Friday 14 December 2012

The Kempe Gowdas of Bangalore

Bangalore is so very well known that it is difficult to find any person not aware of the city., Unfortunately, the same cannot be said about its founder Kempe Gowda.
Not much is known about Kempe Gowda except that he founded the city of Bangalore. Worse, there seems to be no unanimity about the period and life of Kempe Gowda. Wile some historians say there were several Kempe Gowdas, others say there were only two.
Whatever the controversy, there seems to be practically no information about the ancestry of the Kempe Gowda.
This post here is an attempt to  throw light on the ancestors of Kempe Gowda.
One of the direct ancestors of Kempe Gowda was Ranabaire Gowda. He lived near Alur in Kanchi with his family and a large number of friends and supporters. He was supposed to be a wealthy man.
He was a Morasu Vokkaliga. He was the eldest of a family of  seven brothers. He had three sons and a beautiful daughter called Doddamma.
The beauty of Doddamma attracted the attention of the local chieftain of the area and he sent a marriage proposal. He sent emissaries seeking immediately the hand of  Doiddamma. Ranabaire Gowda refused.
However, he realised that the refusal could cost him his life. At the dead of night he confabulated with his brothers, friends and supporters and set out of the country with his money and wealth. He reached the Palar river which was swollen with floods.
Meanwhile, the local chieftain had not taken kindly to the refusal of his marriage proposal. He had decided to take revenge but when he came to Alur he found that the Gowda and his family had escaped. He set out in persuit and noticed the camp  on the banks of Palar.
Doddamma realized the danger from the local chieftain and she prayed to God to allow them to pass. The flood waters receded , permitting Ranabaire Gowda and his family to cros the river. However, the river flooded once again. leaving the chieftain on the other bank-angry and unable to do anything.
The Gowda clan escaped to safety and they came upon an isolated place  which today is the small town of Awati. When they were camping here, Rana Baire Gowda noticed a broom sticking up from the earth. When he tried to pullout out, it did not come up. He caked his servants but even they failed to lift the broom.
Finally, he asked a group to dig and found copper vessels placed one on the other . These vessel were full of jewels and treasures. Since he area was controlled by the Vijayanagar empire, Gowda sought permission of the monarch for establishing a city. The permission was given and thus was born the principality of Awati.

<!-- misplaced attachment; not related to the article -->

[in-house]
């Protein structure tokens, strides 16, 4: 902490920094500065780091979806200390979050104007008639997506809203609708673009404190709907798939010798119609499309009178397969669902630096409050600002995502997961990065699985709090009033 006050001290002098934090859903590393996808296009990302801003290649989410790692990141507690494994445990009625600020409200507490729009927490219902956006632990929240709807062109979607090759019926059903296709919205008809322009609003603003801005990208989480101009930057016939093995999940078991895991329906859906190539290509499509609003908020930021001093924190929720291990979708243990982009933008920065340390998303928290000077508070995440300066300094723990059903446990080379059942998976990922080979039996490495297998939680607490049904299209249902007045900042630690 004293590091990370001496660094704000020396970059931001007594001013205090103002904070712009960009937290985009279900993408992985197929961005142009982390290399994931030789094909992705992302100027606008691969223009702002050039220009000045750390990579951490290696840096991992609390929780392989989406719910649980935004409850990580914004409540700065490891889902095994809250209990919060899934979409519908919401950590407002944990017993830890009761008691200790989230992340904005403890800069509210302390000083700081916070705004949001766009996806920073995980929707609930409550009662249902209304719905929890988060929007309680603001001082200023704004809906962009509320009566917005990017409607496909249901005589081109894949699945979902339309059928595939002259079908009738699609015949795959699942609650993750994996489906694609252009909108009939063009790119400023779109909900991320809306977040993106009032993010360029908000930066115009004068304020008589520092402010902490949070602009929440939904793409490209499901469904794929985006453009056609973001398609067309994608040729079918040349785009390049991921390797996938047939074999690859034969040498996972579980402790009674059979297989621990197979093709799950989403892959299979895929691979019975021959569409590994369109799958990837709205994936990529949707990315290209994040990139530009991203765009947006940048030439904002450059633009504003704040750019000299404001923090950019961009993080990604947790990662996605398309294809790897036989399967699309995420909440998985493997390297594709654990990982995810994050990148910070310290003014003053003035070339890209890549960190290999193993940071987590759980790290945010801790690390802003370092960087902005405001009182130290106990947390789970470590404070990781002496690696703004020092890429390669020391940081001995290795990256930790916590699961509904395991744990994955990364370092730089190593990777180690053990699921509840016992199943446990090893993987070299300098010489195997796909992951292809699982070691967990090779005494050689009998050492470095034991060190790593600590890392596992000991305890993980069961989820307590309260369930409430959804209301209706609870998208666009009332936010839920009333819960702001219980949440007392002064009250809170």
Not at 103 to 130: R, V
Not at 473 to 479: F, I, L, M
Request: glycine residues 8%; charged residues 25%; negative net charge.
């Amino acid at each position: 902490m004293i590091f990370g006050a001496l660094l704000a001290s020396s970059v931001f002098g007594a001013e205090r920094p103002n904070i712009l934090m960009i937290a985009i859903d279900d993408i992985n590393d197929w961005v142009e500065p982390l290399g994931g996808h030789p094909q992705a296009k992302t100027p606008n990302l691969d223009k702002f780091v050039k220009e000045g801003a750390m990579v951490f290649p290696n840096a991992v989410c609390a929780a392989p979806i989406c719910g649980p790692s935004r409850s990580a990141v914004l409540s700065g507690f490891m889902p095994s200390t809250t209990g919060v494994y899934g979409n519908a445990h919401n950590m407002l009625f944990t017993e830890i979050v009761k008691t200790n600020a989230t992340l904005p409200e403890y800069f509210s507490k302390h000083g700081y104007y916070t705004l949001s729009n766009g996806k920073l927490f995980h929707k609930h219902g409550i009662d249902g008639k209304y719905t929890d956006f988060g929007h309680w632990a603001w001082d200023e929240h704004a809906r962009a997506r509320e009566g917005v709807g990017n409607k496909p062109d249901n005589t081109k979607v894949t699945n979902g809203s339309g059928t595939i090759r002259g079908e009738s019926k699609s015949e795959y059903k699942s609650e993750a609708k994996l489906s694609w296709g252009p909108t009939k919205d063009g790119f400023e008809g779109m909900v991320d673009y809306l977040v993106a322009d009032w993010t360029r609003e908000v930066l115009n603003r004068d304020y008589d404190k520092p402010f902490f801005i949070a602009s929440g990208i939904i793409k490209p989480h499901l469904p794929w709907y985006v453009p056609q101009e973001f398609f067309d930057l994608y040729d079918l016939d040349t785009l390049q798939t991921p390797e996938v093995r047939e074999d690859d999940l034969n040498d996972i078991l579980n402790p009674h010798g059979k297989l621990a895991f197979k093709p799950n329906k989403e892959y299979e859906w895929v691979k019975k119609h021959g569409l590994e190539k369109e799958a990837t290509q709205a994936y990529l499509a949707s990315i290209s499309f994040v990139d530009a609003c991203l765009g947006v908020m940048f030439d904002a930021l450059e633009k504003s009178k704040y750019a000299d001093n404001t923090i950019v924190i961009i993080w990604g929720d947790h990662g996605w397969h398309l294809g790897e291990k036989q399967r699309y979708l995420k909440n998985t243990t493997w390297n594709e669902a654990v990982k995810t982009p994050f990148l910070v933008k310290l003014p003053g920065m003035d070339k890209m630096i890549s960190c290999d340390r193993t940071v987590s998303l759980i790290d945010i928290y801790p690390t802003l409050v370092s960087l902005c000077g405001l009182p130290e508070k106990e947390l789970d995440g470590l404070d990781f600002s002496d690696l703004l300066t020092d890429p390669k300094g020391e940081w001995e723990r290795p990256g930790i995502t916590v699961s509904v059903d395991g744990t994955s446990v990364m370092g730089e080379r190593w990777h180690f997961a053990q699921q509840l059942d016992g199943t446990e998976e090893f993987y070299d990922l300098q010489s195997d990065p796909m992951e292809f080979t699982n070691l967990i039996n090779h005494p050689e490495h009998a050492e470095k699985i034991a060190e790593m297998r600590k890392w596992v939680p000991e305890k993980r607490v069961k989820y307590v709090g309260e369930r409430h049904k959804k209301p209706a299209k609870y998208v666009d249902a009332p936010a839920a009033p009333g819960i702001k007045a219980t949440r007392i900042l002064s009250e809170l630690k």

His son, Jaye Gowda, was the youngest and it was his ambition to set up a separate kingdom. He came to Bangalore region and conquered Yelahanka in 1418, thus founding the Kempe Gowda line that ruled over Bangalore for more than a century. He died in 1433.
He had two sons-Gidde Gowda and Mache Gowda. Gidde Gowda became the ruler in 1433 and continued till 1443.
His son, Kempenanje Gowda ruled for 70 years, he died in 1513 and he was followed by the most famous of the clan-Kempe Gowda.
 It s this Kempe Gowda that built Bangalore and the Bangalore fort. The city of Bangalore had nine tanks, nine temples and nine gates. He is considered to be the first builder of Bangalore, He built the Kempambudhi Tank, Bull Temple and temples of Vinayaka, Hanuman and Veerabhadra.
Another temple ascribed to him is the Gavi Gangadhareshwara Temple in Gavipuram. Under Kempe Gowda, Bangalore prospered. Rama Raya became angry when Kempe Gowda minted coins in his name. He called Kempe Goiwda to Vijayanagar (Hampi) where he was imprisoned for five years.
Kempe Gowda managed to free himself after paying a hefty ransom. After his release, he came to Shivaganga and renovated the temples of Gangadhara and Swarnambika there. He stayed at the place for several years in a hall which exists even today. It is called the Kempe Gowda Hall.
He was succeeded by Kempe Gowda the second. He added extensively to the Somashwara Temple in Ulsoor built by Jaye Gowda. He moved his capital from Bangalore to Magadi. He went into war against the Adil Shah General Ranadullah Khan. He was defeated and Bangalore taken away from him and given to Shahaji, father of Shivaji, as a jagir.
He was succeeded by Mummadi Kempe Gowda. He ruled from 1658 to 1678.  His subjects affectionately called him the Rain maker. Once when there was severe drought, his subjects appealed to him for help. Mummadi prayed and the very next day saw Magadi and Bangalore enjoying bountiful rains.
He was succeeded by Dodda Veerappa who ruled from 1678 to  1705. Kempe Gowda the third was the last king. He was also called Kempa Veerapa Gowda. He was defeated by the Wodeyar kings and Magadi came under Wodeyar rule.
An account of  Kempe Gowda and his rule is contained in a book called Veerabhadra Vijaya written by Ekambara Dixit. Some details about this last ruler, who was imprisoned in Srirangapatna, is also available from six palm leaves belonging to the Hulikal branch of Kempe Gowdas near Bangalore.  
After his death, the Kempe Gowda line became extinct and Bangalore fell into the hands of  Adil Shahs, Maratthas, Mughals, Hyder-Tipu, British and finally Wodeyars.    

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